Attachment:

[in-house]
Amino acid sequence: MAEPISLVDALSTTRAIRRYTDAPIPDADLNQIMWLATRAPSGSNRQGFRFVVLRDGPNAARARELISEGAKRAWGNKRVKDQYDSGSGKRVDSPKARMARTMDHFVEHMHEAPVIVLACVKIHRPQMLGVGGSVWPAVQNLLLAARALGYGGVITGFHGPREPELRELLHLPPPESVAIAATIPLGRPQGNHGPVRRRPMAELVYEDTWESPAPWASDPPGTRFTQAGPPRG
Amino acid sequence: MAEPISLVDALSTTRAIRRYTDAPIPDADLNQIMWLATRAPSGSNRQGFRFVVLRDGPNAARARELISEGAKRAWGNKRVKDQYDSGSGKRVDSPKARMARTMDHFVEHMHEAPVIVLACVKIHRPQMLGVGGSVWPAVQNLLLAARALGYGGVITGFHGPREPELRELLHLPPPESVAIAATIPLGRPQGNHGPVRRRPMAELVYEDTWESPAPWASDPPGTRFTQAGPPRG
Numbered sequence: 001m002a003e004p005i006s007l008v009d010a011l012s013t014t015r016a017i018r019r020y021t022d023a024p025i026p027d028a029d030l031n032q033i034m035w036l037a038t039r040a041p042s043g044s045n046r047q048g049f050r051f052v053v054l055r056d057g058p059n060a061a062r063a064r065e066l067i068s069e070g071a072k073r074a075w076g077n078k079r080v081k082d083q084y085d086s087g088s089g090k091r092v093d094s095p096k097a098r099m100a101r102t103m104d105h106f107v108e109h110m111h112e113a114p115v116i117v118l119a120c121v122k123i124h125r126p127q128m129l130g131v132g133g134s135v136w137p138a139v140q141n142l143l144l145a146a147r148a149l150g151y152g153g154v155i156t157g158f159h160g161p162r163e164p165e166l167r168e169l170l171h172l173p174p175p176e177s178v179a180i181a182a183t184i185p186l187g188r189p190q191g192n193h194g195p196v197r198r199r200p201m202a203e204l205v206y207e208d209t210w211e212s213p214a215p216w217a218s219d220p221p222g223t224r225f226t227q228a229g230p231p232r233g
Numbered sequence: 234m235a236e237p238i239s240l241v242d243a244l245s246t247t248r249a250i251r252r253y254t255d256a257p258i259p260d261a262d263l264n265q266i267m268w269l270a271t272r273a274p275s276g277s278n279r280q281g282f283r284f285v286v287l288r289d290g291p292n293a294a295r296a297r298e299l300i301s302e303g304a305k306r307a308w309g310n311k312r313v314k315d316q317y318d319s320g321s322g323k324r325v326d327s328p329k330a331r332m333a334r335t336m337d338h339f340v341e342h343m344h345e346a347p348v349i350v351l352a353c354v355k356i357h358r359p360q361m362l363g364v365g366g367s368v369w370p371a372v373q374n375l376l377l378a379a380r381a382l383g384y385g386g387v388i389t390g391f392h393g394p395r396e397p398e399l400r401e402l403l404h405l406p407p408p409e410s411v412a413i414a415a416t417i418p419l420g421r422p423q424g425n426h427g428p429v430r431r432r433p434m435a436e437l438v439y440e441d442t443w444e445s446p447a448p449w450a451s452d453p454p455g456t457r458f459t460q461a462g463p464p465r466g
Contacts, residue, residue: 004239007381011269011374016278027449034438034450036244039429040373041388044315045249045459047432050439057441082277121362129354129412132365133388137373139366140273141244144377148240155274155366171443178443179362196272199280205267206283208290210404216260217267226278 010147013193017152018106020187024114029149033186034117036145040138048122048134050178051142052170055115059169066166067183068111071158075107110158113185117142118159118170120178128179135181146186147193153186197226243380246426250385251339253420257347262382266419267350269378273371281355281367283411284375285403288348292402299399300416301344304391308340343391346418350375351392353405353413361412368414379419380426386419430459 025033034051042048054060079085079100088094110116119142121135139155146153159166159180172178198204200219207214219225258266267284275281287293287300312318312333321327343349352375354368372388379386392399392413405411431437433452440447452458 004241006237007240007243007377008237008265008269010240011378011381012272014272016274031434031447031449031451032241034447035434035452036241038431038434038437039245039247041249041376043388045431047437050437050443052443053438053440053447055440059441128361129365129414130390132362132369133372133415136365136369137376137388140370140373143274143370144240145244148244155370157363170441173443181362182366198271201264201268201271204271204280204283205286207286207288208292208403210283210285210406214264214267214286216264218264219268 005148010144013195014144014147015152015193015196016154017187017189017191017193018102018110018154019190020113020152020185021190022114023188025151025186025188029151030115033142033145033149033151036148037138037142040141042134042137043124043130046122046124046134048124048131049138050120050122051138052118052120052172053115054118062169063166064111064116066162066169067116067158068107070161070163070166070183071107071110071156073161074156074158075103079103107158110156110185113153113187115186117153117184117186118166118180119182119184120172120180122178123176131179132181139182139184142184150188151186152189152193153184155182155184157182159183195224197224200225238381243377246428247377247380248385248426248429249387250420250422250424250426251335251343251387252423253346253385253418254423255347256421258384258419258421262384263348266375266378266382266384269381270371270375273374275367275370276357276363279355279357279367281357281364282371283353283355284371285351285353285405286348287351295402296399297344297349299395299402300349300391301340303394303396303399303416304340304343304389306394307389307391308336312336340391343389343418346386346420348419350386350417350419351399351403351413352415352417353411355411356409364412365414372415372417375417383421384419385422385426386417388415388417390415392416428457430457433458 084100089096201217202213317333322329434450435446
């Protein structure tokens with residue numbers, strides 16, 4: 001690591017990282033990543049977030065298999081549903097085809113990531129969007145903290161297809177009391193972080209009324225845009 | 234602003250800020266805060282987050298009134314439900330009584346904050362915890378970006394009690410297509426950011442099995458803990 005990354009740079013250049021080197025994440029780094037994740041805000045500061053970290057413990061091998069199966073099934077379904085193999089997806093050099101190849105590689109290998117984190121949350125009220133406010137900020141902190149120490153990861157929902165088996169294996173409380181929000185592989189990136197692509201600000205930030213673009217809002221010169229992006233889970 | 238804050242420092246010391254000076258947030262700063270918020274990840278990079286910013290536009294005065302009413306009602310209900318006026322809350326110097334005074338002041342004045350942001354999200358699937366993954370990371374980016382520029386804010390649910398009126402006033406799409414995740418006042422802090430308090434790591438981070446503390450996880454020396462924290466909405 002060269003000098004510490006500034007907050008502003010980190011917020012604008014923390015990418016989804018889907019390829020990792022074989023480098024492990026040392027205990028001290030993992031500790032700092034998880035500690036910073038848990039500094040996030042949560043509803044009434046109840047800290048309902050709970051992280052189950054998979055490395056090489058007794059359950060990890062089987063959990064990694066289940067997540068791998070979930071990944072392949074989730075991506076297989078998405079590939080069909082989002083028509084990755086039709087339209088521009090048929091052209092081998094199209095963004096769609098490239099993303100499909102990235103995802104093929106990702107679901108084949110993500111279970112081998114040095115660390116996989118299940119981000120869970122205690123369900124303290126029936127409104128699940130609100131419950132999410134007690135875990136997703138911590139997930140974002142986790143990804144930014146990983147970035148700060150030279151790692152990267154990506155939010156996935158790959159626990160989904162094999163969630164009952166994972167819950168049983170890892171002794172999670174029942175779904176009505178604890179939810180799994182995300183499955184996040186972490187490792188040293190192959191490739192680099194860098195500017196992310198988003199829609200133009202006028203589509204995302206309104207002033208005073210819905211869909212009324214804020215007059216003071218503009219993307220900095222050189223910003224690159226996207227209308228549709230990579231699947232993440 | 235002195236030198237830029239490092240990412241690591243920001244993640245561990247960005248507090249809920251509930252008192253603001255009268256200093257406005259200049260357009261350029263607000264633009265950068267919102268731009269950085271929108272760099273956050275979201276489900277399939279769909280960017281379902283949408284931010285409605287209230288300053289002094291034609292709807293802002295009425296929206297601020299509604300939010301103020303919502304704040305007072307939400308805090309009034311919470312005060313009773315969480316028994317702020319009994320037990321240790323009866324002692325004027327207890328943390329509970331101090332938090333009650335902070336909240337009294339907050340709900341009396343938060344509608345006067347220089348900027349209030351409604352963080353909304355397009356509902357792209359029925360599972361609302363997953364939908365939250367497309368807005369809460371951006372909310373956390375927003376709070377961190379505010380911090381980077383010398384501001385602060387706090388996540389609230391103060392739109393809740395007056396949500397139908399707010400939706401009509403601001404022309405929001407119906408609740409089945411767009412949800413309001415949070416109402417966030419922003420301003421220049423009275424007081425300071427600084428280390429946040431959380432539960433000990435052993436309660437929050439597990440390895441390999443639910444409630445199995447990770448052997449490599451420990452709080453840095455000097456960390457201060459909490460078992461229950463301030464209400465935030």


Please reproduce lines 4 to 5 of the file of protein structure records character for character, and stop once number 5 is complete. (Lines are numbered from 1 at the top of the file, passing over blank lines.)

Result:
Numbered sequence: 001m002a003e004p005i006s007l008v009d010a011l012s013t014t015r016a017i018r019r020y021t022d023a024p025i026p027d028a029d030l031n032q033i034m035w036l037a038t039r040a041p042s043g044s045n046r047q048g049f050r051f052v053v054l055r056d057g058p059n060a061a062r063a064r065e066l067i068s069e070g071a072k073r074a075w076g077n078k079r080v081k082d083q084y085d086s087g088s089g090k091r092v093d094s095p096k097a098r099m100a101r102t103m104d105h106f107v108e109h110m111h112e113a114p115v116i117v118l119a120c121v122k123i124h125r126p127q128m129l130g131v132g133g134s135v136w137p138a139v140q141n142l143l144l145a146a147r148a149l150g151y152g153g154v155i156t157g158f159h160g161p162r163e164p165e166l167r168e169l170l171h172l173p174p175p176e177s178v179a180i181a182a183t184i185p186l187g188r189p190q191g192n193h194g195p196v197r198r199r200p201m202a203e204l205v206y207e208d209t210w211e212s213p214a215p216w217a218s219d220p221p222g223t224r225f226t227q228a229g230p231p232r233g
Numbered sequence: 234m235a236e237p238i239s240l241v242d243a244l245s246t247t248r249a250i251r252r253y254t255d256a257p258i259p260d261a262d263l264n265q266i267m268w269l270a271t272r273a274p275s276g277s278n279r280q281g282f283r284f285v286v287l288r289d290g291p292n293a294a295r296a297r298e299l300i301s302e303g304a305k306r307a308w309g310n311k312r313v314k315d316q317y318d319s320g321s322g323k324r325v326d327s328p329k330a331r332m333a334r335t336m337d338h339f340v341e342h343m344h345e346a347p348v349i350v351l352a353c354v355k356i357h358r359p360q361m362l363g364v365g366g367s368v369w370p371a372v373q374n375l376l377l378a379a380r381a382l383g384y385g386g387v388i389t390g391f392h393g394p395r396e397p398e399l400r401e402l403l404h405l406p407p408p409e410s411v412a413i414a415a416t417i418p419l420g421r422p423q424g425n426h427g428p429v430r431r432r433p434m435a436e437l438v439y440e441d442t443w444e445s446p447a448p449w450a451s452d453p454p455g456t457r458f459t460q461a462g463p464p465r466g